• 56. DKAFlowsheet• CIS is not a flow sheet, but rather a database• Inability to review all data at one time decreases ability to make sound decisions• Maintenance of flowsheet is the first step in critical analysis of response to therapy
  • 57. 9 yo lab Evaluation• 27 Kg - assume 10% dehydrated• 148| 109| 32 16.8 518 700 24.4 5.6 | <5 | 1.4 47.5• Anion Gap = • Fluid Def =• Osm = • Maintenance =• Corrected Na = • IV rate (24hrs) =
  • 58. Transport of Patient with DKA• 2 large bore PIV• Must have documentation of previous treatments – PE with vitals and notes on mental status – Fluids - bolus and current – ? SQ Insulin given - time and amount – Contact phone number for labs/cultures• Must have glucagon, mannitol and IV glucose with patient at ALL times
  • 59. DKAPrevention• 50% DKA admissions are in known diabetics• Failure of Physician-Patient relationship – non-compliance – Inappropriate intervention – Sick day rules need to be understood and followed – Availability is essential
  • 60. Typical Therapy - FluidsImproved Management ?• All patients given 20 cc/kg NS bolus over 30-45 minutes• Started on 0.1 units/kg/hour Insulin without bolus• Fluids - 2.5 x maintenance of 3/4 NS regardless of degree of dehydration• Glucose used to maintain insulin rate Pediatrics 108: 735-740; 2001
  • 61. Typical Therapy - FluidsImproved Management ?• Outcome – 23 % fewer fluid changes = decreased error risk – Mean total fluids in first 24 hours lower (5 vs 4 l/m2/day) – Dec time to resolve acidosis shorter (16 vs 12 hours) ?? – Reduced fluid cost ($1060 to $776) Pediatrics 108: 735-740; 2001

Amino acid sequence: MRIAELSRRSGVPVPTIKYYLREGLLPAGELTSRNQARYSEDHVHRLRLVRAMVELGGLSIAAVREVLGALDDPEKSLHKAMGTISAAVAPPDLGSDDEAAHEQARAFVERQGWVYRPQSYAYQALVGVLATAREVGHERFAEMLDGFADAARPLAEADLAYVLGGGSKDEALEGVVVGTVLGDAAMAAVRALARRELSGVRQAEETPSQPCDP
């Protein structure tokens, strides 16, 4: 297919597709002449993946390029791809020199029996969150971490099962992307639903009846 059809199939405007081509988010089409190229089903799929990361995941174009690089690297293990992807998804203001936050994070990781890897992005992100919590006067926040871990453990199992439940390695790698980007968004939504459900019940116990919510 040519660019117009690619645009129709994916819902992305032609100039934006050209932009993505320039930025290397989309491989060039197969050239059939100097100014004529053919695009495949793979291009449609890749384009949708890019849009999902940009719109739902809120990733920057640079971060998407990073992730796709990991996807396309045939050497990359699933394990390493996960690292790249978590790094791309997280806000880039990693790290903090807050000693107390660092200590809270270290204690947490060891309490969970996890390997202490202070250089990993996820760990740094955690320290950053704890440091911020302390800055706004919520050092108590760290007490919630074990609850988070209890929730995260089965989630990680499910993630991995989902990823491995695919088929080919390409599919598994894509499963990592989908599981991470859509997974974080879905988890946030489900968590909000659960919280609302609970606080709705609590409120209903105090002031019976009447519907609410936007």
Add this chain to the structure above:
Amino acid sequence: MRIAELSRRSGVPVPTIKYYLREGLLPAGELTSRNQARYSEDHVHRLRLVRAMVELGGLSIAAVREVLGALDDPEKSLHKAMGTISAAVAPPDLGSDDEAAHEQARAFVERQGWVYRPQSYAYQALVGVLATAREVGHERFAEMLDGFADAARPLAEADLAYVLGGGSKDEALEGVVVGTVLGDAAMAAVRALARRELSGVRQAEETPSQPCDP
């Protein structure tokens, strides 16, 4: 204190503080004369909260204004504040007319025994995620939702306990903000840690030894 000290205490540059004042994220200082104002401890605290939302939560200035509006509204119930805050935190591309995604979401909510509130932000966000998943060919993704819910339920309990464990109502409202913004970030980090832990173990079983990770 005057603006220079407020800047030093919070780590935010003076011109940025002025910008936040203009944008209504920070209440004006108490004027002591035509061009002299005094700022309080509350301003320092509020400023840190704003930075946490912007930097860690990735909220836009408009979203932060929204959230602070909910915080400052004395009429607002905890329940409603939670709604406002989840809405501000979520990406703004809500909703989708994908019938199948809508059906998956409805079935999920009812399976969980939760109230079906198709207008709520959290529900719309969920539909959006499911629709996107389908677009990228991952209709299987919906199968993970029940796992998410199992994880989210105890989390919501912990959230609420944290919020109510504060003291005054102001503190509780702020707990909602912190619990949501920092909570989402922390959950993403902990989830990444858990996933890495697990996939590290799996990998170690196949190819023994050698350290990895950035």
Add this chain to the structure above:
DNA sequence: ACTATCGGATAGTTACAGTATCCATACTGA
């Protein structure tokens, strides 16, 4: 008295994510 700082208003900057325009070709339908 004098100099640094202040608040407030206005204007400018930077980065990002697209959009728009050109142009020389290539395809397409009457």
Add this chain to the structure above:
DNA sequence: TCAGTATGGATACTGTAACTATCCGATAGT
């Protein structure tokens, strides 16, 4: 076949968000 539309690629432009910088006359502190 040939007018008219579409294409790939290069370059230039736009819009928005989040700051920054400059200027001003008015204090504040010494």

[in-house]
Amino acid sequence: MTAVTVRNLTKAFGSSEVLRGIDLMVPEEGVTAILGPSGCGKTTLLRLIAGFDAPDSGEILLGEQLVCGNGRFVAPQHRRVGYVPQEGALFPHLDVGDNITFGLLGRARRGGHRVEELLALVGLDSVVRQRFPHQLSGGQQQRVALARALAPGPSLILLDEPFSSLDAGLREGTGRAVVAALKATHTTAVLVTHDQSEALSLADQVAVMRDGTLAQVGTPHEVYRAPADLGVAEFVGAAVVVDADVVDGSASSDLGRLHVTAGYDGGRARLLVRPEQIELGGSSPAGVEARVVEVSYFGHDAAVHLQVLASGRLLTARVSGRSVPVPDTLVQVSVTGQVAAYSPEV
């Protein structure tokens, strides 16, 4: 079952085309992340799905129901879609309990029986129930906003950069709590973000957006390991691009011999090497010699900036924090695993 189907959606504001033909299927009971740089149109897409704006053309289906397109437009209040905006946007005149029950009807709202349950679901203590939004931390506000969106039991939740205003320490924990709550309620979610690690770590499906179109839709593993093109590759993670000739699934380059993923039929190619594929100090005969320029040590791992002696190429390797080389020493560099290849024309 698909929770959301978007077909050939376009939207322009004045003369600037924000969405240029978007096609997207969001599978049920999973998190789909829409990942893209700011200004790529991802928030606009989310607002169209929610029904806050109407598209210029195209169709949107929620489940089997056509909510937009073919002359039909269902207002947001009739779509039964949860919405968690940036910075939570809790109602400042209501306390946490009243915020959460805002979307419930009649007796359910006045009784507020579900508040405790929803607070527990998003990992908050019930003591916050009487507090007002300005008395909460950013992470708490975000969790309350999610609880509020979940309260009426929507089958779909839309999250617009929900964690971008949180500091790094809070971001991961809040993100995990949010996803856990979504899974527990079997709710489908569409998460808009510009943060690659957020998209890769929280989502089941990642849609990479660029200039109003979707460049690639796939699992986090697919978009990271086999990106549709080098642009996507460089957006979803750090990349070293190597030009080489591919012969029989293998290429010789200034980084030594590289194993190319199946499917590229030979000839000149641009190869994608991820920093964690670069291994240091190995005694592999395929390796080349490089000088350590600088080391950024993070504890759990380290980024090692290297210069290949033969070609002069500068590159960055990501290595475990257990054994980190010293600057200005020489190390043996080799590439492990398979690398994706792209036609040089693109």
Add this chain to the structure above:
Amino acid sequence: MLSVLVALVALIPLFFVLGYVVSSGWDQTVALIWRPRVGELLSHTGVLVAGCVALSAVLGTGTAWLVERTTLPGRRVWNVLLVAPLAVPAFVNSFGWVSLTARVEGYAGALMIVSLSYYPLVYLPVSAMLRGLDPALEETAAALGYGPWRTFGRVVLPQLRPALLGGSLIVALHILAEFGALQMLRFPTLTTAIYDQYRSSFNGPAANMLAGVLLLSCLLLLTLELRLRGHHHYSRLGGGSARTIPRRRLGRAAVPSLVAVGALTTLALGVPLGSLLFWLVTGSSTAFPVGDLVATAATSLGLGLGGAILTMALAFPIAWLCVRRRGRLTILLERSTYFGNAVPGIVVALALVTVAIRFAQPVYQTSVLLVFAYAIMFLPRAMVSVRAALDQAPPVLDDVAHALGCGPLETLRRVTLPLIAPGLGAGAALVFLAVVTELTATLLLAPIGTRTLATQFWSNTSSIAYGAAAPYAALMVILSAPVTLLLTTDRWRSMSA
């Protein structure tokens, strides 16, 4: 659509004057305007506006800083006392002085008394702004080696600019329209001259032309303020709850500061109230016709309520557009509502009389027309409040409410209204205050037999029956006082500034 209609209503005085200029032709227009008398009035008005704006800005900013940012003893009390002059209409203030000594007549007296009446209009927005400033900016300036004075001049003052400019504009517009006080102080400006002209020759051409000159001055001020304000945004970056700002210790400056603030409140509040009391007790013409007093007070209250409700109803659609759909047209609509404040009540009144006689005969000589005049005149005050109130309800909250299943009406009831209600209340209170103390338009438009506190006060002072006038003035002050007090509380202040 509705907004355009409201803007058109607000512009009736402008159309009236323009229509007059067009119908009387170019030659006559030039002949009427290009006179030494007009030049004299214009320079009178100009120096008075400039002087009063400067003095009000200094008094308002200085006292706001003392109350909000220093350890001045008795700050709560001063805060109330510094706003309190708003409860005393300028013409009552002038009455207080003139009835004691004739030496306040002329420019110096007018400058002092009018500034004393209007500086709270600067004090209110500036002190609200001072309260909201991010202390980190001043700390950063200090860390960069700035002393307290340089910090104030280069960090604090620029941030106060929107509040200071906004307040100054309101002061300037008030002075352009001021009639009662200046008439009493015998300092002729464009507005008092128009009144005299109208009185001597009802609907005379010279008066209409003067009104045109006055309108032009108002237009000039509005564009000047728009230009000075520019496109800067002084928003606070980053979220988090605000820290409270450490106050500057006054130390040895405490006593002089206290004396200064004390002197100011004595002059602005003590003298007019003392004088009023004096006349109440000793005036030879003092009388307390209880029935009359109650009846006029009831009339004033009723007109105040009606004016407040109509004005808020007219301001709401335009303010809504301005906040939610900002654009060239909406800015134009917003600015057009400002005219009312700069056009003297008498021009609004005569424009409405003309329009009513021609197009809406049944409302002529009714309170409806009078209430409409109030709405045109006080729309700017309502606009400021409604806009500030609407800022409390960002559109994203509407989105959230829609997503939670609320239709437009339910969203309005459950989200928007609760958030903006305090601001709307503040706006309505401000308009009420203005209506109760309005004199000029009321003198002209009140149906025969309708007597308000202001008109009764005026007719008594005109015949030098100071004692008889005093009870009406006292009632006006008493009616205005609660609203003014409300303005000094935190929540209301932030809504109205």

• 62. “Typical” Setting…..• 7 yo boy with 24 hour history of n/v/d. Diagnosed with IDDM 2 yrs ago. Woke up with moderate ketones and dstick of 350 mg/dl. – Is this DKA ? – What is your responsibility ?• 12 yo patient on CSII. Last 4 hours dsticks increasing from 120 to 450 mg/dl. Now complaining of headache and nausea. Large ketones on dip-stick.
  • 63. DKA• Acidosis – Primary buffer is intracellular protein – K+ moves out of cells and H+ moves in – In association with aldosterone (induced from hypovolemia) • Potentiates K+ wasting ²² Hypokalemia
  • 64. EKG Changes During DKA NormalHi K Lo K
  • 65. DKA – Cerebral EdemaOther• Insulin associated activation of Na+/H+ pump – Not commonly found during initial treatment – As acidosis resolves, H+ diffuses out of brain cells and Na+ enters (along with H20) – Rabbit model - drop in glucose secondary to insulin administration vs. peritoneal dialysis results in cerebral edema
  • 66. 140012001000 800 Glucose 600 400 200 0 12 1 2 3 4 5 6 7 8 7 6.5 6 5.5 5 K 4.5 4 3.5 3 12 1 2 3 4 5 6 7 8 8 7.5 7 pH 6.5 6 12 1 2 3 4 5 6 7 8